I don’t know about you but the 4th of July has always been one of my favorite holidays. As a kid, Christmas was always front and center as the best holiday of them all; but it was a close race for second between Easter and the 4th of July. Truthfully, as a kid, I couldn’t yet fathom the true importance of Easter, but I was all in for the Easter baskets and candy. But having to dress up in my newest Sunday-go-to-meeting clothes and comb my unruly hair took some of the shine off the day from a kid’s perspective.

So with that said I believe that the 4th of July had the higher overall kid ranking.

What was not to like? Hot dogs, flags waving, bands playing and fireworks! Think about it, a knothead kid like me could run around in shorts and a t-shirt, stay out past dark, eat junk food and blow stuff up! It was layer upon layer of the best life had to offer for a kid: patriotism, friends, food and explosives!

I have some distinct memories of the 4th of July. When I was younger we would go through south Huntsville and across the Tennessee River bridge to the area that we used to call “gasoline alley” where all of the fireworks stands were set up. Dad would give us each $10 and if we had any of our allowance left we could add to it. With hard cash in hand, we would hit the stands and buy the fireworks of our choice.

Sparklers were just warm-ups and sort of for the little kids. Once we were old enough to strike a match it was a new day and we bought all that we could squeeze out of a $10 dollar bill. Smoke bombs were good for playing Army with friends, snap pops were good for gags, and lady fingers were what you got when you were running out of money. Black Cat firecrackers and bottle rockets were a mainstay, and we were always on the hunt just in case any of the stands had any bootleg M80’s or cherry bombs, which were increasingly hard to get for all of the right reasons. We would buy some and compare notes because there was always that one firework stand that was ten cents cheaper, or the one that would try to undercut the others by giving away a pack of bottle rockets or punks if you spent ten bucks.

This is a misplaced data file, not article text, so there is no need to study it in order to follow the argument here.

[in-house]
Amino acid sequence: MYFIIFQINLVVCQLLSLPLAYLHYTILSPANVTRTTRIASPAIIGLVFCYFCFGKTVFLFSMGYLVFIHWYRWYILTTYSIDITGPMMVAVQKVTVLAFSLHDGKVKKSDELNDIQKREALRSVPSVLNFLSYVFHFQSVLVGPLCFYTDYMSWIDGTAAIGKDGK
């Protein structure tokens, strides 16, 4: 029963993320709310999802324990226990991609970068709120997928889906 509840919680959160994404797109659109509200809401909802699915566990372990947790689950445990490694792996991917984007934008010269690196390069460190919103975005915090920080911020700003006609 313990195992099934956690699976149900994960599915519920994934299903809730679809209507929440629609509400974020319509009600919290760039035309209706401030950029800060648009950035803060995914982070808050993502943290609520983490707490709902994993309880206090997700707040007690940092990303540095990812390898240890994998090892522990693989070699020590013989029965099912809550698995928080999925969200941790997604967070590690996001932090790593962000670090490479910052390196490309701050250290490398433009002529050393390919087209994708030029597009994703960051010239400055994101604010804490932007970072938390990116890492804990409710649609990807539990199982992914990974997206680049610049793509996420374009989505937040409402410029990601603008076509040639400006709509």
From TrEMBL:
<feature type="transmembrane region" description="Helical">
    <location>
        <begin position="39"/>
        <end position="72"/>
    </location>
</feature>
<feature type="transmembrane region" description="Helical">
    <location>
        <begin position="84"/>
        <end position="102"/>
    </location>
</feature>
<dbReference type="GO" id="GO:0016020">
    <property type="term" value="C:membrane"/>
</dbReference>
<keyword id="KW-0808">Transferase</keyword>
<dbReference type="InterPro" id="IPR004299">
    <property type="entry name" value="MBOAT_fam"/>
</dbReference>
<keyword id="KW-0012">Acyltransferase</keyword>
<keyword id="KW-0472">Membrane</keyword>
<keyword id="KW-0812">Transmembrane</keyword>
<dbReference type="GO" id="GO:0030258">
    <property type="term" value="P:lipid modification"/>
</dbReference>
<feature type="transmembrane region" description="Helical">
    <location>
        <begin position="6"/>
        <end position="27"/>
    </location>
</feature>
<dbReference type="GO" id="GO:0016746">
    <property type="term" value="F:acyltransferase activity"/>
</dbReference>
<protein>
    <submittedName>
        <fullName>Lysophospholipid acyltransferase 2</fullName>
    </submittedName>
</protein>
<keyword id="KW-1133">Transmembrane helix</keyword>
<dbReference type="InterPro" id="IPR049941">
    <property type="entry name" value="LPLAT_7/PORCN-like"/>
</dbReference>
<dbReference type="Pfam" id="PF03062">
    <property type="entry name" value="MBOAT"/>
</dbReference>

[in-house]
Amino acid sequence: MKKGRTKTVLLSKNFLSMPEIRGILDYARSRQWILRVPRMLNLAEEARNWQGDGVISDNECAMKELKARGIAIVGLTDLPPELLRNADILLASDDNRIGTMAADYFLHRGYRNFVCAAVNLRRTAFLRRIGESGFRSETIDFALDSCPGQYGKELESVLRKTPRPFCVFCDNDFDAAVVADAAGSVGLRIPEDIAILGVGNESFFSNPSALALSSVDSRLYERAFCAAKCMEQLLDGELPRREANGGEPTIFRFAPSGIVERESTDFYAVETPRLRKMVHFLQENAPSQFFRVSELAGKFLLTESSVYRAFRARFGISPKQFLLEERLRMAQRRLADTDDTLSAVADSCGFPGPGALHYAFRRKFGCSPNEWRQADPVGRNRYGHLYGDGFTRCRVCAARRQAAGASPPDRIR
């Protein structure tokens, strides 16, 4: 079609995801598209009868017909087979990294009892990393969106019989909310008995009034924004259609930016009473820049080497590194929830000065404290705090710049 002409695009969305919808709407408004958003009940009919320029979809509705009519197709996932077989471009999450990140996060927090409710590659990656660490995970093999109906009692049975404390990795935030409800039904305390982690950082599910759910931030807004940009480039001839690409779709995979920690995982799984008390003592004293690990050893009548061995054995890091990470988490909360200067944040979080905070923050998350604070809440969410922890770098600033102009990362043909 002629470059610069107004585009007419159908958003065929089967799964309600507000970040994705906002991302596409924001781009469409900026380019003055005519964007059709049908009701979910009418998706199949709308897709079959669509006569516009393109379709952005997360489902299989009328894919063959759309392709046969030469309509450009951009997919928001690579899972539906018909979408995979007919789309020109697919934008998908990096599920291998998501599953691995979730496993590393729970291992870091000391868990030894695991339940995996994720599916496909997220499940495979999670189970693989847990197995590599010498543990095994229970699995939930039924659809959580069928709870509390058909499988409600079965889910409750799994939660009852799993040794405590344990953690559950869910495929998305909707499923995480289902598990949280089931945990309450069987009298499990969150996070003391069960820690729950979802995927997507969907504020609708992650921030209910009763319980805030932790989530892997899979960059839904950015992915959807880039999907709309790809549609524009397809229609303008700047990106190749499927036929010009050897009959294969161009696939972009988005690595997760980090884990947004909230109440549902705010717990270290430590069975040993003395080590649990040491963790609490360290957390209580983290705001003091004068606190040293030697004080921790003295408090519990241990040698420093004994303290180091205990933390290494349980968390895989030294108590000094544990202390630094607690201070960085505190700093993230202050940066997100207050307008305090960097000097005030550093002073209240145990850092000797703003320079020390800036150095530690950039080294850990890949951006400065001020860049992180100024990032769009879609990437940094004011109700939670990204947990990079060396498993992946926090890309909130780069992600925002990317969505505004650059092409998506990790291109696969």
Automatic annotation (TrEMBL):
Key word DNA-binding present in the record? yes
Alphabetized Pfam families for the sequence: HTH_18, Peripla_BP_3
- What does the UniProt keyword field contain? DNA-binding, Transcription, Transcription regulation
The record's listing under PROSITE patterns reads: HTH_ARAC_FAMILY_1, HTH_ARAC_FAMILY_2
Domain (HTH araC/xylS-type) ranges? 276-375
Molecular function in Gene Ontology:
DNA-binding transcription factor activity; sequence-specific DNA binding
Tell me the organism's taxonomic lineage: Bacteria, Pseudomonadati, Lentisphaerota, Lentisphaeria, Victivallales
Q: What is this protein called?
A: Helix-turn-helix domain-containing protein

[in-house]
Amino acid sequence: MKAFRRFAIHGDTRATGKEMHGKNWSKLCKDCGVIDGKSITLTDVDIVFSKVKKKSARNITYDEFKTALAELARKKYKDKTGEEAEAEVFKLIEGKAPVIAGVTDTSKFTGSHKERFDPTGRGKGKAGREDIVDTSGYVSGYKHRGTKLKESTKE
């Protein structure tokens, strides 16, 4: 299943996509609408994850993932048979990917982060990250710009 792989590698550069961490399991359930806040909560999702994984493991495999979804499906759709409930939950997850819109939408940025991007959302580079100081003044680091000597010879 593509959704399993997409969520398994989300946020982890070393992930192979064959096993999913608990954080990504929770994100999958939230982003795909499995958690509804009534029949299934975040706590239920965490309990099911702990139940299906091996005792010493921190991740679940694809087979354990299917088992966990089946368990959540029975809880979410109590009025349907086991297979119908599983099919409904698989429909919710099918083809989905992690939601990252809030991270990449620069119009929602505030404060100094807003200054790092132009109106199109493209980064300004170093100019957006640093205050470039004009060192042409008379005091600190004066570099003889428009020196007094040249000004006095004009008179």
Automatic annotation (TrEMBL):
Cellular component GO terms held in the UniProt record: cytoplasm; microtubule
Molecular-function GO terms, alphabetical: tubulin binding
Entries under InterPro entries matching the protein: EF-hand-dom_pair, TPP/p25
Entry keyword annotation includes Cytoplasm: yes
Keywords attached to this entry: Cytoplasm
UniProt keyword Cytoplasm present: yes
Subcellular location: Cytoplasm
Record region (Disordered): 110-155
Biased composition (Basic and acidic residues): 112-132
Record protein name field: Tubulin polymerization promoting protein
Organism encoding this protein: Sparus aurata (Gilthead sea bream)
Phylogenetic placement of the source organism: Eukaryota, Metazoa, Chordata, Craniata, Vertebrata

Then the fun began! Admit it: how many of you blew up a coke bottle? Or tried to tie a toy army soldier with a handkerchief parachute to a rocket? Or the ever-failed attempt to thread fuses together to get multiple blasts out of one lighting?

When the parents weren’t paying attention we had bottle rocket wars in the street until someone would have a close call and a parent would get wise and shout from a front door. In classic fashion, we would wait five minutes and commence the bottle rocket wars again.

As I’ve gotten older I still carry my love for fireworks.  My wife doesn’t get it. She tells me every time that it’s like spending money on something that is literally going to burn … yep! and I love it! And truthfully, so does she.

I also love the big public displays. I previously served on the Board of the Gadsden/Etowah County Patriots Association and helped to sponsor major annual fireworks displays over the Coosa River. I once sat on a boat in the Coosa and literally had to look straight up into the explosions and had the debris rain down on me and it was great! I remember major public displays at Milton-Frank Stadium in Huntsville as a kid or over the USS Alabama at Battleship Park in Mobile! But of all the displays I’ve seen over the years, none of them could hold a candle to the best one I ever saw on the Washington Mall. It was the best for a variety of reasons: the location, the quality, but also the sense that it was being presented at the epicenter of all that the 4th of July was designed to celebrate. In one massive display, there was the greatness of America, the vastness of our blessing, and the depth of what is worth defending.